Lieutenant General P K Singh
Lieutenant General P.K. Singh, PVSM, AVSM (ret)
Dealing with Crises in Afghanistan and Pakistan:
What are my qualifications for talking about Afghanistan and Pakistan? I have been dealing with Afghanistan in the Indian Army since the mid-1990s and with Pakistan since birth, definitely since I joined the army in 1967. So I have been looking at Pakistan closely for the last 43 years. What I am going to talk about now is based more on the seminars, workshops, and conferences that I have attended on Afghanistan internationally and, more importantly, the ones I conducted at the United Service Institution (USI) in Delhi in 2009, to which we invited not just Afghans in large numbers but delegates from Pakistan, Iran, Uzbekistan, Tajikistan, China, Russia, the U.S., the EU, ICRC, and, of course, India. This is the regional approach that General Lather was alluding to. You want to hear the views of others too.
In addition to the involvement I just mentioned, I also participate in regular dialogue with India, Pakistan, and Afghanistan, track-two regular dialogue that is ongoing. I also attended a three-day workshop between Afghanistan, Pakistan, and India that was hosted by India at Shimla. So the inputs I am going to share with you are based more on what the participants of these discussions and other conferences may want to convey to us rather than just on what I look at from an Indian point of view. Even when I talk about Pakistani military operations, I will do so as a professional and look at them dispassionately, and not make suggestions that are based on Indian views.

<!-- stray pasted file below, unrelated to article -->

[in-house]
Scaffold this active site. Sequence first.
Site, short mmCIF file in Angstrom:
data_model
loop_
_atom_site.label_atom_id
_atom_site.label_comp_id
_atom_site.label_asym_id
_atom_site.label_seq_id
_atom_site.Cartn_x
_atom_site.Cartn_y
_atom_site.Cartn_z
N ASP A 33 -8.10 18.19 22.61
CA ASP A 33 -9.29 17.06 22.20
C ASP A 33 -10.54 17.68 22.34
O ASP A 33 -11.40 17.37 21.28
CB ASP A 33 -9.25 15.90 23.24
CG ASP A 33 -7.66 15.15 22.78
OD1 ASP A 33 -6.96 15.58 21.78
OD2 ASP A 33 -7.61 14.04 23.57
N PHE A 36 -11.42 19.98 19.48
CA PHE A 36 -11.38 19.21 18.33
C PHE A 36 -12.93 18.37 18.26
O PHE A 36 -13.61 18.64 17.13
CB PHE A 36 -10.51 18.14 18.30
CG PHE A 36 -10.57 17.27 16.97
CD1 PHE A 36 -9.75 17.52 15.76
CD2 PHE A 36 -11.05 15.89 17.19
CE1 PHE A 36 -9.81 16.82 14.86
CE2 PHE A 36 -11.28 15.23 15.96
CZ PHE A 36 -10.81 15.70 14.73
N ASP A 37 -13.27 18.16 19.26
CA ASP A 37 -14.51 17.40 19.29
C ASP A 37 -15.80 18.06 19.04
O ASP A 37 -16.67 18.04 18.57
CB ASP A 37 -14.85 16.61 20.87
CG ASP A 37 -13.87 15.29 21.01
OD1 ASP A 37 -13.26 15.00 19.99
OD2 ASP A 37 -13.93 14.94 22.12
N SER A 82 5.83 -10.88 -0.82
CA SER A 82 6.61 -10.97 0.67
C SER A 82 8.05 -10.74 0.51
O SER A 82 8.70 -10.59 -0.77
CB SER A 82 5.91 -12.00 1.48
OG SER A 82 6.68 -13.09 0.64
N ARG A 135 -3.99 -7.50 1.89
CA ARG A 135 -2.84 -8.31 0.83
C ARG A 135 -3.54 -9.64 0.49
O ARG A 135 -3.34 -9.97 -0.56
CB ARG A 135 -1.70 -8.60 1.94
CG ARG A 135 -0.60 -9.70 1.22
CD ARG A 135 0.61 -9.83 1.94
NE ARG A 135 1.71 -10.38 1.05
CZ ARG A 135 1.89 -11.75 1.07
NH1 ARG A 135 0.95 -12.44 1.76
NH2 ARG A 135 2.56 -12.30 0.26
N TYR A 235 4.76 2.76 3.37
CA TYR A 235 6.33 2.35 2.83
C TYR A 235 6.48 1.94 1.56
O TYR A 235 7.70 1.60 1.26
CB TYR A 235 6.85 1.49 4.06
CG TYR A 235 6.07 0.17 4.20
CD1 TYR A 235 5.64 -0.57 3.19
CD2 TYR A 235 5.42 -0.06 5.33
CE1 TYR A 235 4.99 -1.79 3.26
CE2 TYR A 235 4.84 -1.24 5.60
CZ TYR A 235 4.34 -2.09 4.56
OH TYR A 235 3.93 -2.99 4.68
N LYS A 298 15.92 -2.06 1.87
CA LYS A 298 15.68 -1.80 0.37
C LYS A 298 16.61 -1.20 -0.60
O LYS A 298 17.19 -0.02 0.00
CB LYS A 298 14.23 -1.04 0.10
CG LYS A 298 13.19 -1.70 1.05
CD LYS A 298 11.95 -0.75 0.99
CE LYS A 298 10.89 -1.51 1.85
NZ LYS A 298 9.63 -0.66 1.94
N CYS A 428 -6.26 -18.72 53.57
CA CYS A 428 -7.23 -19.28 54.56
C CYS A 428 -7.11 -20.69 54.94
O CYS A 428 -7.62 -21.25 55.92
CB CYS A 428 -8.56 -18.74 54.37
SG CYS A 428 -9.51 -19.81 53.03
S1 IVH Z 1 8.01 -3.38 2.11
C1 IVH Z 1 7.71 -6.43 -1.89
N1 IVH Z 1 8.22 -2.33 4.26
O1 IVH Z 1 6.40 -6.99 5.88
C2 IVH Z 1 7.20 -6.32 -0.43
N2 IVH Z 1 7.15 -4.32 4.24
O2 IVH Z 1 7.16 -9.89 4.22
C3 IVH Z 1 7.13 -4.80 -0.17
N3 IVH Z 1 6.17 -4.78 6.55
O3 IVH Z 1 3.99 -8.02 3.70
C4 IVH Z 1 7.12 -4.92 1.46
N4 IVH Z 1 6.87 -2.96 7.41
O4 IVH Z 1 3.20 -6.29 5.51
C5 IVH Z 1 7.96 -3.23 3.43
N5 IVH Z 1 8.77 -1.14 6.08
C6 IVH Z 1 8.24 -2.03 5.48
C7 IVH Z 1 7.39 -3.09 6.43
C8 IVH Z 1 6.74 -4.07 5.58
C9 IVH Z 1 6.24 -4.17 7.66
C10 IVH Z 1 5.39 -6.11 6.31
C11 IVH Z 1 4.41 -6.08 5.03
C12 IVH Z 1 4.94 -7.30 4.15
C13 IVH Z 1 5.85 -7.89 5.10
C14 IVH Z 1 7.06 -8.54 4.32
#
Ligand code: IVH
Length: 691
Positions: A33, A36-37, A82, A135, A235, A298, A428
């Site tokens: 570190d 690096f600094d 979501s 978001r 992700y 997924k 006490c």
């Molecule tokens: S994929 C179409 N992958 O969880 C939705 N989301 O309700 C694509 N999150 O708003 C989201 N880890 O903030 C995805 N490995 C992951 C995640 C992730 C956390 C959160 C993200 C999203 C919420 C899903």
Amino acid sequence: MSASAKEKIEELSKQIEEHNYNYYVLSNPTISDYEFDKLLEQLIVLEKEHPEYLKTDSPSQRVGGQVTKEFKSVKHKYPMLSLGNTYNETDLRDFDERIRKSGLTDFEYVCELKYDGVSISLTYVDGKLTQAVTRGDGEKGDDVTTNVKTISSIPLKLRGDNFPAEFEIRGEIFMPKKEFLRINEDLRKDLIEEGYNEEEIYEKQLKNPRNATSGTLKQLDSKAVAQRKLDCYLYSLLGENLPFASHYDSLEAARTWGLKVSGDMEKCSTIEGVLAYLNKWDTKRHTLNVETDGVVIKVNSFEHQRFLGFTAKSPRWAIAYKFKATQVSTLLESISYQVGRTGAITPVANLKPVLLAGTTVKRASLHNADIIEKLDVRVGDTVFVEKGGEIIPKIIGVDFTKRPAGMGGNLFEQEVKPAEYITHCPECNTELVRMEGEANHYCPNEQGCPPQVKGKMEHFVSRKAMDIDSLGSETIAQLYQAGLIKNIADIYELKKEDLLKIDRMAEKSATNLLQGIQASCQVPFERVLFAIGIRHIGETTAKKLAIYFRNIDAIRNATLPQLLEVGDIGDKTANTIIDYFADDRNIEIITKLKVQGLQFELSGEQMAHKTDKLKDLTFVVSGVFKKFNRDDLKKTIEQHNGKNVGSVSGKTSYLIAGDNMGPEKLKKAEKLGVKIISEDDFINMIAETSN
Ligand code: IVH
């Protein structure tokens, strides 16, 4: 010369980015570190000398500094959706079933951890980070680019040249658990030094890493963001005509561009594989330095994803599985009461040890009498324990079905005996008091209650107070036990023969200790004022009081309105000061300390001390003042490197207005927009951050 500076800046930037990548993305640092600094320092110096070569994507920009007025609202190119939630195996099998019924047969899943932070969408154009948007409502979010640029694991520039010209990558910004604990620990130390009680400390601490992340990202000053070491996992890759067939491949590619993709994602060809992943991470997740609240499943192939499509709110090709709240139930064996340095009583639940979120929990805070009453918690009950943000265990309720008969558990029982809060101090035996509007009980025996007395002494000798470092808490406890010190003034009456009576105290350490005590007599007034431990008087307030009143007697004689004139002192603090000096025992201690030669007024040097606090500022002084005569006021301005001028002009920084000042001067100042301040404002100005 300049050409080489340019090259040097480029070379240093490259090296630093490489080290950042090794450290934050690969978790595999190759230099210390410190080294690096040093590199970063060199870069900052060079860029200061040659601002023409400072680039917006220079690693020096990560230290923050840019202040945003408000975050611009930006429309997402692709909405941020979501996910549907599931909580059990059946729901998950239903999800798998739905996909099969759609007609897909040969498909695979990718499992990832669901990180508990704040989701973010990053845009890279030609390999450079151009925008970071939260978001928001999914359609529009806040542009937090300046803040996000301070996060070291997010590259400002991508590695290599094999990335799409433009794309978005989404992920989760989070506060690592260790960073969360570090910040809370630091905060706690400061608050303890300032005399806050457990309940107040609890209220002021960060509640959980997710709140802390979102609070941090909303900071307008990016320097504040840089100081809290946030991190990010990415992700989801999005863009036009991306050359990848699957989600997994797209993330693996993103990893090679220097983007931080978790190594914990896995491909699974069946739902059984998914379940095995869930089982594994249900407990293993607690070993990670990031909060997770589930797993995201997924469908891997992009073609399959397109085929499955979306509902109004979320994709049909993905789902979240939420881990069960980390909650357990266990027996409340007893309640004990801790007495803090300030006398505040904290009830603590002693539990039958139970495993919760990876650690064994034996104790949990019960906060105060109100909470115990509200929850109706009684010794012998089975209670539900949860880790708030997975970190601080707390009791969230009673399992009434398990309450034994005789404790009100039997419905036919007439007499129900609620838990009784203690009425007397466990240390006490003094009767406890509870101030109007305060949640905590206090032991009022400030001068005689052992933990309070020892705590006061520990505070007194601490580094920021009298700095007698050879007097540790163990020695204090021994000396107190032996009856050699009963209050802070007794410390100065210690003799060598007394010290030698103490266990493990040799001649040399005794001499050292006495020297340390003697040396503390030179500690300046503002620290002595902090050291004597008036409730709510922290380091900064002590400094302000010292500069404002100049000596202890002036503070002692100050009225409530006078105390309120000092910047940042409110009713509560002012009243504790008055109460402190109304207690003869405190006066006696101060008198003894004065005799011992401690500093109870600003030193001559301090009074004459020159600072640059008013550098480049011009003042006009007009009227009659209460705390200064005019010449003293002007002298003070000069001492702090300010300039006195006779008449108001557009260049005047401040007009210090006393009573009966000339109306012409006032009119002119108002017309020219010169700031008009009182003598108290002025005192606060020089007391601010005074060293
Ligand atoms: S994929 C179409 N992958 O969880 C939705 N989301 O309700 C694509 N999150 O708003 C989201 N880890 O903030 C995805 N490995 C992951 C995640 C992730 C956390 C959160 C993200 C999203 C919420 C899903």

As far as Afghanistan is concerned, we always need to keep some issues in mind, and these were brought up in various seminars and conferences and by Afghan friends and interlocutors who have been asking these questions over and over again. First, many people believe that the Taliban were never defeated in 2001. They simply made a transition from the seat of power to that of a powerful insurgency. They do not consider themselves as defeated: They did not sign a surrender agreement and they were not decimated. This needs to be remembered. Second, all of us involved in Afghanistan need to understand the military objectives of the International Security Assistance Force (ISAF). Afghans talk of the U.S. and of NATO, and when you ask them why they talk about them separately, they always feel that even if certain elements of NATO or other contributing nations withdraw, the Americans may stay there longer. The Afghan perception is that, even if others leave, chances are that the U.S. will remain. So they talk of the U.S. a little differently than they talk about ISAF. If what they say is true, we should look at the military objectives of this military force there, because if we do not understand their objectives and we want to be a part of the solution, we may go wrong, since there is also a military campaign going on in Afghanistan. It is not just development, not economics, not anything else; we cannot detach development from security or security from development.